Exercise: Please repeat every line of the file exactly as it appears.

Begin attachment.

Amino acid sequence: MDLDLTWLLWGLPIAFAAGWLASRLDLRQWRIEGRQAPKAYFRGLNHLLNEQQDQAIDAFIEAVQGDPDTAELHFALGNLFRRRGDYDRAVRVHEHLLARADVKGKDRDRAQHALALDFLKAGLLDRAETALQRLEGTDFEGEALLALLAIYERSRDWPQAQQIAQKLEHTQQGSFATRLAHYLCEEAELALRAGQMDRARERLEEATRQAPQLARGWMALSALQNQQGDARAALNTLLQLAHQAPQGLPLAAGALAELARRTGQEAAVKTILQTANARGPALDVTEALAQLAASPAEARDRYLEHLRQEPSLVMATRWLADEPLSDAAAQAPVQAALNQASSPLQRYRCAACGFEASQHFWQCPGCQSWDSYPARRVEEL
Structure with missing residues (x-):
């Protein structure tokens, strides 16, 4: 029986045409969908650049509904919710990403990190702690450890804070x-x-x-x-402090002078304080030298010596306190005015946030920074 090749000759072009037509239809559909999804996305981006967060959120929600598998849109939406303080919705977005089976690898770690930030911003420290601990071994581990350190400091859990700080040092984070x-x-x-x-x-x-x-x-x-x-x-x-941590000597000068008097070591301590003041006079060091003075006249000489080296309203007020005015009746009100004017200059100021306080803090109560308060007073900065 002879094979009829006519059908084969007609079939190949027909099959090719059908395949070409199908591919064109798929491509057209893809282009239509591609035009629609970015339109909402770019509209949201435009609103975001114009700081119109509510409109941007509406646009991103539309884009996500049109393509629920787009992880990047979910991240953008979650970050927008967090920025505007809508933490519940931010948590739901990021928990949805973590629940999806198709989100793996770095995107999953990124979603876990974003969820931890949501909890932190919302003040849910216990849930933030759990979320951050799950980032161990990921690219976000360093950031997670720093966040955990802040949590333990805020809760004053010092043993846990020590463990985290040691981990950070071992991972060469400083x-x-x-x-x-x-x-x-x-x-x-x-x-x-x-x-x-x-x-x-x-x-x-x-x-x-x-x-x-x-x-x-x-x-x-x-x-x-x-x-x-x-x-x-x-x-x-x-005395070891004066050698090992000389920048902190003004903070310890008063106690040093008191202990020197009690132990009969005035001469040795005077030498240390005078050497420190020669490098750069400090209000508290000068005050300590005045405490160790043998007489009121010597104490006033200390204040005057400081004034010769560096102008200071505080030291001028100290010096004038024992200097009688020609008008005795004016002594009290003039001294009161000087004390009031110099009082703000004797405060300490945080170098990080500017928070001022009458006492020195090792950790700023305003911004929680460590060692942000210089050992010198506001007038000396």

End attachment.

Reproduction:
Amino acid sequence: MDLDLTWLLWGLPIAFAAGWLASRLDLRQWRIEGRQAPKAYFRGLNHLLNEQQDQAIDAFIEAVQGDPDTAELHFALGNLFRRRGDYDRAVRVHEHLLARADVKGKDRDRAQHALALDFLKAGLLDRAETALQRLEGTDFEGEALLALLAIYERSRDWPQAQQIAQKLEHTQQGSFATRLAHYLCEEAELALRAGQMDRARERLEEATRQAPQLARGWMALSALQNQQGDARAALNTLLQLAHQAPQGLPLAAGALAELARRTGQEAAVKTILQTANARGPALDVTEALAQLAASPAEARDRYLEHLRQEPSLVMATRWLADEPLSDAAAQAPVQAALNQASSPLQRYRCAACGFEASQHFWQCPGCQSWDSYPARRVEEL
Structure with missing residues (x-):
């Protein structure tokens, strides 16, 4: 029986045409969908650049509904919710990403990190702690450890804070x-x-x-x-402090002078304080030298010596306190005015946030920074 090749000759072009037509239809559909999804996305981006967060959120929600598998849109939406303080919705977005089976690898770690930030911003420290601990071994581990350190400091859990700080040092984070x-x-x-x-x-x-x-x-x-x-x-x-941590000597000068008097070591301590003041006079060091003075006249000489080296309203007020005015009746009100004017200059100021306080803090109560308060007073900065 002879094979009829006519059908084969007609079939190949027909099959090719059908395949070409199908591919064109798929491509057209893809282009239509591609035009629609970015339109909402770019509209949201435009609103975001114009700081119109509510409109941007509406646009991103539309884009996500049109393509629920787009992880990047979910991240953008979650970050927008967090920025505007809508933490519940931010948590739901990021928990949805973590629940999806198709989100793996770095995107999953990124979603876990974003969820931890949501909890932190919302003040849910216990849930933030759990979320951050799950980032161990990921690219976000360093950031997670720093966040955990802040949590333990805020809760004053010092043993846990020590463990985290040691981990950070071992991972060469400083x-x-x-x-x-x-x-x-x-x-x-x-x-x-x-x-x-x-x-x-x-x-x-x-x-x-x-x-x-x-x-x-x-x-x-x-x-x-x-x-x-x-x-x-x-x-x-x-005395070891004066050698090992000389920048902190003004903070310890008063106690040093008191202990020197009690132990009969005035001469040795005077030498240390005078050497420190020669490098750069400090209000508290000068005050300590005045405490160790043998007489009121010597104490006033200390204040005057400081004034010769560096102008200071505080030291001028100290010096004038024992200097009688020609008008005795004016002594009290003039001294009161000087004390009031110099009082703000004797405060300490945080170098990080500017928070001022009458006492020195090792950790700023305003911004929680460590060692942000210089050992010198506001007038000396």